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Our History

three black and white photos: baby looking in mirror, frank porter graham, teacher and two students

The UNC Frank Porter Graham Child Development Institute (FPG) is one of the nation's oldest and largest multidisciplinary centers devoted to the study of children and families. FPG was founded in 1966 by a small group of visionary scientists who sought to conduct research that would make a difference in children's lives, support families, and inform public policy.

And now, more than a half century later, the work of FPG continues to be dedicated to improving the quality of life for young children in every way, from developmental disabilities and early care and education to physical, social, and emotional health and racial, ethnic, linguistic, cultural, and socioeconomic diversity.

Our researchers, implementation scientists, and technical assistance specialists have worked tirelessly to fulfill the promise of this premise: high-quality care and education for children in their earliest years improves lifelong wellbeing. What we have discovered about children and families and accomplished on their behalf has surpassed anything our founders could have ever imagined.

collage three black and white photos: four toddlers sitting on bench, four co-workers at conference table, exterior of fpg building

Dr. Frank Porter Graham

We are proudly named for Dr. Frank Porter Graham (1886-1972), president of the University of North Carolina at Chapel Hill (UNC) from 1930-1949 and United States senator from 1949-1950. Born in Fayetteville, NC, Graham is considered one of the most renowned progressive Southerners of his time, a champion for UNC and public education, civil rights, and expanded freedoms for laborers and people living in poverty.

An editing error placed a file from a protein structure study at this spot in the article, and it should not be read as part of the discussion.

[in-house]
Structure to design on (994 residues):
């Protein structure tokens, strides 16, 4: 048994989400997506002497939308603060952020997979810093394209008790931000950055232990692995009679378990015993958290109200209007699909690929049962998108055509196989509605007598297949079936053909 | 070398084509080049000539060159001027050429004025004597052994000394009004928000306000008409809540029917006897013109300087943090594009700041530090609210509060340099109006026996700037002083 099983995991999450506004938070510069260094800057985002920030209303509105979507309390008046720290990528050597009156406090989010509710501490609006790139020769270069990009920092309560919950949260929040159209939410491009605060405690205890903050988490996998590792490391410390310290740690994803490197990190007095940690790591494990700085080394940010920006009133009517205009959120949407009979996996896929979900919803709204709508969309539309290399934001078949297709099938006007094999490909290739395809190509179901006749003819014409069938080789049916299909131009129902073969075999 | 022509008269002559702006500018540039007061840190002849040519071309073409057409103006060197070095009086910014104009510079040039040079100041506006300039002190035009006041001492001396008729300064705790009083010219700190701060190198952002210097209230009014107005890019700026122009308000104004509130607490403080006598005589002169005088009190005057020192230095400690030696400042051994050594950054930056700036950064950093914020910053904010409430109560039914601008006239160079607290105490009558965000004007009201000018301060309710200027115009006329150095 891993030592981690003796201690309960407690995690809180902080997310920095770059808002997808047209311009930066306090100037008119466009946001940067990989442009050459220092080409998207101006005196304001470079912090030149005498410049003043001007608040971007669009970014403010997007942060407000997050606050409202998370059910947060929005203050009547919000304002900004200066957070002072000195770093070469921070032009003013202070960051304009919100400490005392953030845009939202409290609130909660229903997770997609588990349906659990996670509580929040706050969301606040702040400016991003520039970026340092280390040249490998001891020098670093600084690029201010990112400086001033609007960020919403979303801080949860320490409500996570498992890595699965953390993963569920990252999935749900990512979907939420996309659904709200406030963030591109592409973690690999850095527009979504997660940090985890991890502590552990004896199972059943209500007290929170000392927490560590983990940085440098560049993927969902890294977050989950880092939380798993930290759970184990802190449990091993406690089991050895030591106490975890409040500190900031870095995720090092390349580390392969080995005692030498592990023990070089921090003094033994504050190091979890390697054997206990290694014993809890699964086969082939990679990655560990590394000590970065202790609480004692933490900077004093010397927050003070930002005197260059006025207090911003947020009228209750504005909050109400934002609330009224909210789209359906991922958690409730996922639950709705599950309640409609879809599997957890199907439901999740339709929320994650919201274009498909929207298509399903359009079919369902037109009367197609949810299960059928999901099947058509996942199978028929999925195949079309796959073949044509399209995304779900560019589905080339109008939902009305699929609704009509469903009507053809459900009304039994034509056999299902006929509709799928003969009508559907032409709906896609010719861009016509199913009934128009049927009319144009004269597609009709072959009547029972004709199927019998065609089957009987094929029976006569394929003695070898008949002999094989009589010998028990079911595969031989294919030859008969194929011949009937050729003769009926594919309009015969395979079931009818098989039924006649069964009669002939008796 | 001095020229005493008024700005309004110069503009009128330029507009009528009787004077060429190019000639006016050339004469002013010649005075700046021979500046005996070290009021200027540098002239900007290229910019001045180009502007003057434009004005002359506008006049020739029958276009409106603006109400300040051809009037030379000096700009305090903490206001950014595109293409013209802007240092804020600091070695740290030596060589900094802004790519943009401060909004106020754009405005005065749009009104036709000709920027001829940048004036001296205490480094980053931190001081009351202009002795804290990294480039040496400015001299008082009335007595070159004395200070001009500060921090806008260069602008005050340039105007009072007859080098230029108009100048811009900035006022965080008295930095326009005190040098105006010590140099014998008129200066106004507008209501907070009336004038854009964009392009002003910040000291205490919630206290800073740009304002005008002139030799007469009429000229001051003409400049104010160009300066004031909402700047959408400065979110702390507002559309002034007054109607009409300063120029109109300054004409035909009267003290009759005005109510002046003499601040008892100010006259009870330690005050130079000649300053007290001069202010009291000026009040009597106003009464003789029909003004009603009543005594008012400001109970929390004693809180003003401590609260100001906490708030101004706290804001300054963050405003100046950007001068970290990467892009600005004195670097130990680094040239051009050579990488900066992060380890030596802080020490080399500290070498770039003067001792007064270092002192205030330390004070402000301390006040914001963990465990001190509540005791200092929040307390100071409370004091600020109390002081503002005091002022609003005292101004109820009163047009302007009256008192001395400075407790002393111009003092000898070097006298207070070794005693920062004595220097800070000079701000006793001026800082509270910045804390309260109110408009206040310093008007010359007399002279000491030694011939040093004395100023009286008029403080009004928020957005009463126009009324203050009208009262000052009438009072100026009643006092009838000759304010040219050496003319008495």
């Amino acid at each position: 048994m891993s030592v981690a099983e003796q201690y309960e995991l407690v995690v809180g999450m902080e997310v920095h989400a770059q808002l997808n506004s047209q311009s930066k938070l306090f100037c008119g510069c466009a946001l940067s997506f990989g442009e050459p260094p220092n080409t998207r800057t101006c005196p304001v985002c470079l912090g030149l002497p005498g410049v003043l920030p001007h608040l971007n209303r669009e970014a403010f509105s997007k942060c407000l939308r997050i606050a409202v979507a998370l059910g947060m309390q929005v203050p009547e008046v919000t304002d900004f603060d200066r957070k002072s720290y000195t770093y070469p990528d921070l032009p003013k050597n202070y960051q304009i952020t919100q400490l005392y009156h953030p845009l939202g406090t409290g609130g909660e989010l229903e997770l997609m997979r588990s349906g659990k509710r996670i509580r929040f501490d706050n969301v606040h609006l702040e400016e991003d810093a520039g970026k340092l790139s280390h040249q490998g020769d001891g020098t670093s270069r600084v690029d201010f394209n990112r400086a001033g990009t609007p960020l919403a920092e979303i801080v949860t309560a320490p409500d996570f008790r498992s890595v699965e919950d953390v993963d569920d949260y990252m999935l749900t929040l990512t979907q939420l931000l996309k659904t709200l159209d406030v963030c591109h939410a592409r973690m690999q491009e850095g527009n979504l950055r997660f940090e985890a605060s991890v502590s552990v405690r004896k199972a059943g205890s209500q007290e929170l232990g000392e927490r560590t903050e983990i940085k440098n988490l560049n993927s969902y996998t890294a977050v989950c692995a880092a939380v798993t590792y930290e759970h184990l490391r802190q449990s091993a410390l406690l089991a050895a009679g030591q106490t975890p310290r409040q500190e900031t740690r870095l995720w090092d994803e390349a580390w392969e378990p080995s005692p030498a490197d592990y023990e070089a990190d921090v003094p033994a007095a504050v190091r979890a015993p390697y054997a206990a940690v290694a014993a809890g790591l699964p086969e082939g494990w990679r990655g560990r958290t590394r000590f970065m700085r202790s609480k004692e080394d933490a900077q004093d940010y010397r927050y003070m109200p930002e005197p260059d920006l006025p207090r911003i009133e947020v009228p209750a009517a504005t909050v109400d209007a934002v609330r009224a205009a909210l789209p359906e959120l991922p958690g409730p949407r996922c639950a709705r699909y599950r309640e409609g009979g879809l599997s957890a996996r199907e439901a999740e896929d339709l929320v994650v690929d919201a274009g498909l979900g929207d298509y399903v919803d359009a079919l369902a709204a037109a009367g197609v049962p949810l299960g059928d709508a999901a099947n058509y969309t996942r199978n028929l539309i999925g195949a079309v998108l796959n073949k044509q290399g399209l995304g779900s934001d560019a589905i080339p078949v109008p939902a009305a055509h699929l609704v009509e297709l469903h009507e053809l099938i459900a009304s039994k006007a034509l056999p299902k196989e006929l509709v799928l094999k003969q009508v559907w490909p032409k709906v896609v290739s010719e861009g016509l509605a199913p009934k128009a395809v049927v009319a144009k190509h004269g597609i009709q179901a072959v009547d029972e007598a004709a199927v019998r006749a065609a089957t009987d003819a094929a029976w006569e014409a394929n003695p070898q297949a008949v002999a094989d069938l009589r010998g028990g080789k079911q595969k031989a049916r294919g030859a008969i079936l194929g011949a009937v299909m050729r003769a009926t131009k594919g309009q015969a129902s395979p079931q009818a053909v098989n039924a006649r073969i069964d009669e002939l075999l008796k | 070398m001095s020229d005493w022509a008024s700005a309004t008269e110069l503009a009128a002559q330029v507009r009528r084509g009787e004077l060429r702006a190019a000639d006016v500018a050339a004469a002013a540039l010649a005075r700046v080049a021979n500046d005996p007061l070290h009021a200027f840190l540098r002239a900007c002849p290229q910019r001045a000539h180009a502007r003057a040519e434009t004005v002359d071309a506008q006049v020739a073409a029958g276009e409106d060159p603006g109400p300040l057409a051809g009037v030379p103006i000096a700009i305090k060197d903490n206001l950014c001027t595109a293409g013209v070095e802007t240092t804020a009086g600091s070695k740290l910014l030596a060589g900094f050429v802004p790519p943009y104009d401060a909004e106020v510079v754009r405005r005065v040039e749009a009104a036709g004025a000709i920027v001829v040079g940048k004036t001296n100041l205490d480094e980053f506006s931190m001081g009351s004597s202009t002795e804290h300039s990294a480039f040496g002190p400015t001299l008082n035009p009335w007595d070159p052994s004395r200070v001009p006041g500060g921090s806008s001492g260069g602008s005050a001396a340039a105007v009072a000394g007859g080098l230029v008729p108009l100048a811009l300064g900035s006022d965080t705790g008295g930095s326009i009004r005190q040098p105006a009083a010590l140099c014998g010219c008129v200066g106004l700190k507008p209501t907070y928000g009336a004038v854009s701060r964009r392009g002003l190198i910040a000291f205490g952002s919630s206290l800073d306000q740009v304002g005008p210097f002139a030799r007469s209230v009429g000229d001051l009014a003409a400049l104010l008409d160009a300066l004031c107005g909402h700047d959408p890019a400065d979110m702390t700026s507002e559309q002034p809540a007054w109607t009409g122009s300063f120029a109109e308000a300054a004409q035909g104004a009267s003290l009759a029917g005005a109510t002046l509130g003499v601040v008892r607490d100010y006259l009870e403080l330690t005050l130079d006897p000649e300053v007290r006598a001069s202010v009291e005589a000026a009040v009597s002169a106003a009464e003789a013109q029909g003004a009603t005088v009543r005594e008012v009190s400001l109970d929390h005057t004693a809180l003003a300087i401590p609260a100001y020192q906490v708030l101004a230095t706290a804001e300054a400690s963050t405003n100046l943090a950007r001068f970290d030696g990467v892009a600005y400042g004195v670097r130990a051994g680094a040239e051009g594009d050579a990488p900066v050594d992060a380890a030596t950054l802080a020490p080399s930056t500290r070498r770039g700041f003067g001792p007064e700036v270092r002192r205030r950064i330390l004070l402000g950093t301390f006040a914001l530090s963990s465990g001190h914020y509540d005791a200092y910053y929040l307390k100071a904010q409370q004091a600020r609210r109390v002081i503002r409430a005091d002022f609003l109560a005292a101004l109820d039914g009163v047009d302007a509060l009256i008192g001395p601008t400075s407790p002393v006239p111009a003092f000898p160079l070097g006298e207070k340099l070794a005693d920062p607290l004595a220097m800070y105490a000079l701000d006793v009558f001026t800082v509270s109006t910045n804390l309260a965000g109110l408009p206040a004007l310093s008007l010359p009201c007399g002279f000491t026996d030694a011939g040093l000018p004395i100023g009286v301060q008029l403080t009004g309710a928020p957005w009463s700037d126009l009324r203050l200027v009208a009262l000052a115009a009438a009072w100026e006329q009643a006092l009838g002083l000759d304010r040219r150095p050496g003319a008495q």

Dr. Graham (pictured at the top of this page in the center) graduated from UNC in 1909 and then Columbia University before joining the UNC history faculty in 1915. He served as UNC's first dean of students, its 11th president, and the first president of the Consolidated University of North Carolina.

In 1949, he was appointed to the U.S. Senate after the death of Senator J. Melville Broughton, and in 1951, President Harry S. Truman appointed him to a post at the United Nations where he served until 1967. Graham eventually returned to Chapel Hill, where he died in 1972.

Our Child Care Legacy

In 1966, a child care program was established at FPG as a prelude to a large, comprehensive, multidisciplinary research project on the effect of full-day early education, health care, and social services on the lives of disadvantaged children. Graduates from this original cohort of children are now well into adulthood and are still being followed by FPG researchers.

FPG's 5-star child care program was nationally accredited by the National Association for the Education of Young Children (NAEYC) and operated with four primary missions: services for children and families in the community, research, demonstration, and professional development. It closed in 2013, and during its 47 years of operation, it helped raise several generations of North Carolina citizens and supported nationally recognized research in early childhood education and the professional development of child care teachers and therapists.

We are proud of the role the child care program played in our community, particularly in serving children with disabilities and families experiencing poverty.

FPG Directors

Since its inception in 1966, FPG has been lucky to experience the leadership of noted experts in fields related to child development. Under their direction, FPG expanded in focus and mission, added programs, projects, and staff, and gained international recognition for the groundbreaking work done to support and advance the lives of children and their families.

2024-present      Brian A. Boyd

2023-2024           Brian A. Boyd (interim director)
2018-2023           Aysenil Belger
2018-2018           Stephen R. Hooper (interim director)
2006-2017           Samuel L. Odom
2006-2006           Donna Bryant (interim director)
1992-2006           Donald B. Bailey Jr.
1990-1992           Albert M. Collier (interim director)
1987-1990           Sharon Landesman
1970-1987           James J. Gallagher
1968-1970           Earl Siegel (interim director)
1967-1968           Hal Robinson